Kc and Kp

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maldonadojs
Posts: 57
Joined: Fri Sep 28, 2018 12:27 am

Kc and Kp

Postby maldonadojs » Sat Jan 12, 2019 7:46 pm

I enrolled a few days late and I am trying to catch up on the lecture notes. I am confused as to what the difference between Kc and Kp is. What is the difference and how am I supposed to acknowledge the differences.

Alexandra Albers 1D
Posts: 61
Joined: Fri Sep 28, 2018 12:18 am

Re: Kc and Kp

Postby Alexandra Albers 1D » Sat Jan 12, 2019 8:19 pm

Kc is the equilibrium constant when using molar concentrations in the calculation and Kp is the equilibrium constant when using partial pressures. If your calculations use gases then either Kp or Kc, but if aqueous compounds are involved, only Kc would be used as only gases can have partial pressures.

Nicholas Le 4H
Posts: 74
Joined: Fri Sep 28, 2018 12:24 am

Re: Kc and Kp

Postby Nicholas Le 4H » Sat Jan 12, 2019 9:17 pm

Both Kc and Kp are both equilibrium constants except that Kc is for molar concentrations while Kp is for partial pressures.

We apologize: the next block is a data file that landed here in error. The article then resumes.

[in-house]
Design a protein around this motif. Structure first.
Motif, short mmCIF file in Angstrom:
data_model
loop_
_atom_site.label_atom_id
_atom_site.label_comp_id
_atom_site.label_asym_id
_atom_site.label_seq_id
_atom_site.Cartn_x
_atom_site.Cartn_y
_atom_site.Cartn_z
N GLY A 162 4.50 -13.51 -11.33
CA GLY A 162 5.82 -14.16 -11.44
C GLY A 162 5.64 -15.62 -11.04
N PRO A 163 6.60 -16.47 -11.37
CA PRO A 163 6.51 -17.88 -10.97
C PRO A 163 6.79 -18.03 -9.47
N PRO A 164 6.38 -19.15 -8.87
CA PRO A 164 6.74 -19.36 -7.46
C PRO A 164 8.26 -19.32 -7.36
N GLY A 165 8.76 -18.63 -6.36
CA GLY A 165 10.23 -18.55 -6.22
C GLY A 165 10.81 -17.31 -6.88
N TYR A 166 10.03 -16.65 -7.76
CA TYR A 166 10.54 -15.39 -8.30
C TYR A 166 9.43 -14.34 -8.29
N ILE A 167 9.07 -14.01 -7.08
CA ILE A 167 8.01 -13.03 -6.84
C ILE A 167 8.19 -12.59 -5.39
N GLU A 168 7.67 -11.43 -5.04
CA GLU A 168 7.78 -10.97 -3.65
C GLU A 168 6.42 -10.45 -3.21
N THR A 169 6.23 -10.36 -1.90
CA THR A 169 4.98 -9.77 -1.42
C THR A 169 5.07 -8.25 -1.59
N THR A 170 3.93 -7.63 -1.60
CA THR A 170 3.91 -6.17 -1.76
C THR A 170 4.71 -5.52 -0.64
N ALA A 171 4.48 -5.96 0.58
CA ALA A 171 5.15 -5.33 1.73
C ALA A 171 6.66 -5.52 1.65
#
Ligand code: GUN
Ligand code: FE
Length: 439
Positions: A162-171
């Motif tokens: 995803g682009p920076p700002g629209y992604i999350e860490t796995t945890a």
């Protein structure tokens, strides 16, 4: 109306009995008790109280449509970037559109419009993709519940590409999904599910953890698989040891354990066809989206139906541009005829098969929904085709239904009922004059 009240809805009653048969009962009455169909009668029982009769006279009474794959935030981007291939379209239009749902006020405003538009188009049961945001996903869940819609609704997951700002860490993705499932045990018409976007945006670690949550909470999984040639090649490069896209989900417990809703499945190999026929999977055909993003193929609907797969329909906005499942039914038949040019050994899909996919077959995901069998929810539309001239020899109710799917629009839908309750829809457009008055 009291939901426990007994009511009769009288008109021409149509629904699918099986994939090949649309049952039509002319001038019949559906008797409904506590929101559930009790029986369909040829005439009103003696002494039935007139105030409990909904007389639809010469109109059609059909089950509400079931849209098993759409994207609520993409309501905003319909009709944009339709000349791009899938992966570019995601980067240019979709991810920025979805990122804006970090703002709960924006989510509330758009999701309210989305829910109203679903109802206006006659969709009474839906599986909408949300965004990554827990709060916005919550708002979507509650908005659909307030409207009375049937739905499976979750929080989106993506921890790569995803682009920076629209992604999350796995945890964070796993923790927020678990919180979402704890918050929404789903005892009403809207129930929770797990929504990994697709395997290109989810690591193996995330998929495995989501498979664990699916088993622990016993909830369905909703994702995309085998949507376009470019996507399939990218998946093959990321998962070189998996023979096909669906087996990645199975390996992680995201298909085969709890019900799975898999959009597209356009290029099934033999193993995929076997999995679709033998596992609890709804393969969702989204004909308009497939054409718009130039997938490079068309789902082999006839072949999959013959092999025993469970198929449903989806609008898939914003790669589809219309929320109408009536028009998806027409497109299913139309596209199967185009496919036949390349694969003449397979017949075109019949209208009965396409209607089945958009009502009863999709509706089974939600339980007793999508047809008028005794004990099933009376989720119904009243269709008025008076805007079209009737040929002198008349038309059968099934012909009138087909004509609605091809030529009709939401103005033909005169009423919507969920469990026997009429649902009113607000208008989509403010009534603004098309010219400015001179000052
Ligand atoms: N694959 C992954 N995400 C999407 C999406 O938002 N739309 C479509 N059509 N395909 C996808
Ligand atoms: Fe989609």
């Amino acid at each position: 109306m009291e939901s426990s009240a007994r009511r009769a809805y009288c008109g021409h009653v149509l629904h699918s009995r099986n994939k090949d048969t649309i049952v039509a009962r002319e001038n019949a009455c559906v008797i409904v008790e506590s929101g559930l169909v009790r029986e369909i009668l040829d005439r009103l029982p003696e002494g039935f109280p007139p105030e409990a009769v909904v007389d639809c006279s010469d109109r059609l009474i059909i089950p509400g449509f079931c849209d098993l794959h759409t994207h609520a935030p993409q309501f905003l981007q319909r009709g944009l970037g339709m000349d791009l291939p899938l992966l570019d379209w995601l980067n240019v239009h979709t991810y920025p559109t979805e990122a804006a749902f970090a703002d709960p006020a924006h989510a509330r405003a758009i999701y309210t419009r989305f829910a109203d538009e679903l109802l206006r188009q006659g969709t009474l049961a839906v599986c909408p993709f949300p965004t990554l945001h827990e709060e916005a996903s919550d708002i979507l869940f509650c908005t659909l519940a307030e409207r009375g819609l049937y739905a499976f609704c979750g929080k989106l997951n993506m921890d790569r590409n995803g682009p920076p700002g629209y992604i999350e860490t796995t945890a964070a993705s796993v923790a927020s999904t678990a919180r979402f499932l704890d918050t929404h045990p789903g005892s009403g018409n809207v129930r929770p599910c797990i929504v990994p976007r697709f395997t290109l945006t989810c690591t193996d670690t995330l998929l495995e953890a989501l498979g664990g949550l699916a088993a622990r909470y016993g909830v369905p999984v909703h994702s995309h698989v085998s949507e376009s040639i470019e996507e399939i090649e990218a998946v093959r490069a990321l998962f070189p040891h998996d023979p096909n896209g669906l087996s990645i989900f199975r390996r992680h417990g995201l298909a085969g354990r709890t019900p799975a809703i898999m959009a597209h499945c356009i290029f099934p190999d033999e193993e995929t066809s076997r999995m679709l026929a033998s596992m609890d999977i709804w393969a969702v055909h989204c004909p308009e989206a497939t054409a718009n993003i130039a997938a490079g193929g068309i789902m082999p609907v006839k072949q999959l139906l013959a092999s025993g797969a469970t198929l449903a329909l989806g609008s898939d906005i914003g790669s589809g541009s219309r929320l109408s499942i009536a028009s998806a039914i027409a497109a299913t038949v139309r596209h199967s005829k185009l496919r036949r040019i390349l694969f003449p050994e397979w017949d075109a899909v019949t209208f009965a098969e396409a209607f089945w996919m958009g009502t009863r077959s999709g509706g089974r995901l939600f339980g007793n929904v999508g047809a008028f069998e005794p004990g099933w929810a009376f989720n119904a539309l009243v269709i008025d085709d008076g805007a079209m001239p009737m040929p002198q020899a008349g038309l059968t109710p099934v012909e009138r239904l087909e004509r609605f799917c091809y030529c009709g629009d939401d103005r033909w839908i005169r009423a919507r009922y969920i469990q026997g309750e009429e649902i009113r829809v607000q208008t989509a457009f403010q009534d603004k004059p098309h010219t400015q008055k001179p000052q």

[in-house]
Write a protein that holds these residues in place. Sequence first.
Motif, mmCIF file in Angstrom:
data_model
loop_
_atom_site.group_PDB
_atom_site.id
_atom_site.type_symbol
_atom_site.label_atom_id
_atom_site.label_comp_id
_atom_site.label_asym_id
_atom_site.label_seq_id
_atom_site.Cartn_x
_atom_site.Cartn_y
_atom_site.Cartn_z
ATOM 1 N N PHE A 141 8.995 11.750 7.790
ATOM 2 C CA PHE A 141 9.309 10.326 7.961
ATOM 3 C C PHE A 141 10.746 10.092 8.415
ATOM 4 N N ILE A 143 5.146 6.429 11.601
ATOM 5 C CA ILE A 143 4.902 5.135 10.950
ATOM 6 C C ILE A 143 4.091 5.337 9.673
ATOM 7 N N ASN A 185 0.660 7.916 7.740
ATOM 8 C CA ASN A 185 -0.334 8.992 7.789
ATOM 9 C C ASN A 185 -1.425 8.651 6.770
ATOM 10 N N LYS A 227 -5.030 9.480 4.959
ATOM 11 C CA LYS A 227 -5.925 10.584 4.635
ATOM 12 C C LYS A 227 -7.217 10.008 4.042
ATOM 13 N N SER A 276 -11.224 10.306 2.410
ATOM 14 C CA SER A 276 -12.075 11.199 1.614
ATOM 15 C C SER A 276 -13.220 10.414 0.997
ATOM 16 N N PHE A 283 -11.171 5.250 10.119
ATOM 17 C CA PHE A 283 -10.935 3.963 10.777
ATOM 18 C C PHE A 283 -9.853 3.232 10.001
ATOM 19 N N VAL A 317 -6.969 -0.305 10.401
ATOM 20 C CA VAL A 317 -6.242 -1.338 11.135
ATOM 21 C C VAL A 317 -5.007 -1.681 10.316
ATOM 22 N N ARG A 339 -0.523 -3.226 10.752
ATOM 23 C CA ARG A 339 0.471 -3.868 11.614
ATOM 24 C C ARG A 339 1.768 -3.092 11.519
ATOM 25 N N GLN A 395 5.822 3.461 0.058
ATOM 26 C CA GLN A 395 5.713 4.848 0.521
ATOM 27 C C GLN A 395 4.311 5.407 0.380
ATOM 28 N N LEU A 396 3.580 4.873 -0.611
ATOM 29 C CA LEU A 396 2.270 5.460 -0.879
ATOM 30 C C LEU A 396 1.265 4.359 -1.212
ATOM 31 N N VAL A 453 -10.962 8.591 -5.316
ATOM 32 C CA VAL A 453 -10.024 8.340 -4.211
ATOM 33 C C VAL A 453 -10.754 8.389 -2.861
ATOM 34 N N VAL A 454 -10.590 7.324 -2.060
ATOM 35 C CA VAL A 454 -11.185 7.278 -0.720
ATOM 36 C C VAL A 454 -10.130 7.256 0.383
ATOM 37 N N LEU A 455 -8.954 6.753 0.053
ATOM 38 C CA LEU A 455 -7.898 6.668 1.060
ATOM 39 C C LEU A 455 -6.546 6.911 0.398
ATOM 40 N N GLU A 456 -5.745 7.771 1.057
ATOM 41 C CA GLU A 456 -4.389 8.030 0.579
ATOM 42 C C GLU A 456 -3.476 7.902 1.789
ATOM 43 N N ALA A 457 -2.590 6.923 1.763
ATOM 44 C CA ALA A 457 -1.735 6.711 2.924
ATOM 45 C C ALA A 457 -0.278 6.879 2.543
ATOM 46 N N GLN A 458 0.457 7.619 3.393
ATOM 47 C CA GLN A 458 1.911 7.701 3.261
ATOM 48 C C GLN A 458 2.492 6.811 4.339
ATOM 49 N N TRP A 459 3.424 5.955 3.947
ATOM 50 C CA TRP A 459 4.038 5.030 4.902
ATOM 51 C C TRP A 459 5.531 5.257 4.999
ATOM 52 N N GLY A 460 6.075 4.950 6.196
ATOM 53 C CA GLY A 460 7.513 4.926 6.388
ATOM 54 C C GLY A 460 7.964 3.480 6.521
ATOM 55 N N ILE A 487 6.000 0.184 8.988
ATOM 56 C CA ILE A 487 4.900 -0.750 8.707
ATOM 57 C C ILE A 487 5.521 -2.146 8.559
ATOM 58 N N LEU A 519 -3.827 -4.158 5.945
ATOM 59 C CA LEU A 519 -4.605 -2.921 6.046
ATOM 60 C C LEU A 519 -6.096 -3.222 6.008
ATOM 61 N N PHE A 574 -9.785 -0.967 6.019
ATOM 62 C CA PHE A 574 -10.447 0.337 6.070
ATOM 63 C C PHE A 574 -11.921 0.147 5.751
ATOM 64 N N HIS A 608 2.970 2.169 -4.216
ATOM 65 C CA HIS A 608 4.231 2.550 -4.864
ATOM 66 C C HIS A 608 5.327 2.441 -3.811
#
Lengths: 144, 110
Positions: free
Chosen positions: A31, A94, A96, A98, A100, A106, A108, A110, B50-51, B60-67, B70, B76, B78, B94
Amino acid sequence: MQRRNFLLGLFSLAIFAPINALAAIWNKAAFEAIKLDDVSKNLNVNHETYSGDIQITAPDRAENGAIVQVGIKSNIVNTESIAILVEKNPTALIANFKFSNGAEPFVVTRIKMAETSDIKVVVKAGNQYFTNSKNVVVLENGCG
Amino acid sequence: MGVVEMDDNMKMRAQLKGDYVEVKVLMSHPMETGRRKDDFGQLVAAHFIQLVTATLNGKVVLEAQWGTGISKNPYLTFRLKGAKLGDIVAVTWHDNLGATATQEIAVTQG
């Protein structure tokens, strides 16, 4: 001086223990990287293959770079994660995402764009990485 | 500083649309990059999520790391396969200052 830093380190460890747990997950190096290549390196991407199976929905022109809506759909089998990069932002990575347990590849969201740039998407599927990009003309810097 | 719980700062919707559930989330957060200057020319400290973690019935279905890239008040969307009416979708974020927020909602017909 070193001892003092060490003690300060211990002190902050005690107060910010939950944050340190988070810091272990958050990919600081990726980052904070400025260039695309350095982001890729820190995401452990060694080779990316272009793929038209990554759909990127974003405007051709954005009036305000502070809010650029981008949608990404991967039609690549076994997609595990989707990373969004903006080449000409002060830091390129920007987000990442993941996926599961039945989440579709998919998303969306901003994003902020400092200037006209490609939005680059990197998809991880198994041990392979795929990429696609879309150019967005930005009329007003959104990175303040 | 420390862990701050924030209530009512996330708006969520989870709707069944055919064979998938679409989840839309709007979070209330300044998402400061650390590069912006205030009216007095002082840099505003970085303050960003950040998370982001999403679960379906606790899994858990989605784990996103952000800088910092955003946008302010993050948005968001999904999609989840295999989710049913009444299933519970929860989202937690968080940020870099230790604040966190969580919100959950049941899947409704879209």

AngelaZ 1J
Posts: 65
Joined: Fri Sep 28, 2018 12:23 am

Re: Kc and Kp

Postby AngelaZ 1J » Sat Jan 12, 2019 9:19 pm

Kc is the equilibrium constant calculated using molar concentrations of the products and reactants. Kp is the equilibrium constant using partial pressures of the products and reactants. You can write either the Kc or Kp for a problem involving gases only.

Amar Singh
Posts: 31
Joined: Fri Sep 28, 2018 12:20 am

Re: Kc and Kp

Postby Amar Singh » Sat Jan 12, 2019 9:23 pm

Kc is the equilibrium constant for molar concentrations. This is typically used with aqueous solutions, however there are certain times that you would use them with gases (not things you have to worry about right now). Kp is what you should be using to denote the equilibrium constant for gases with partial pressures.


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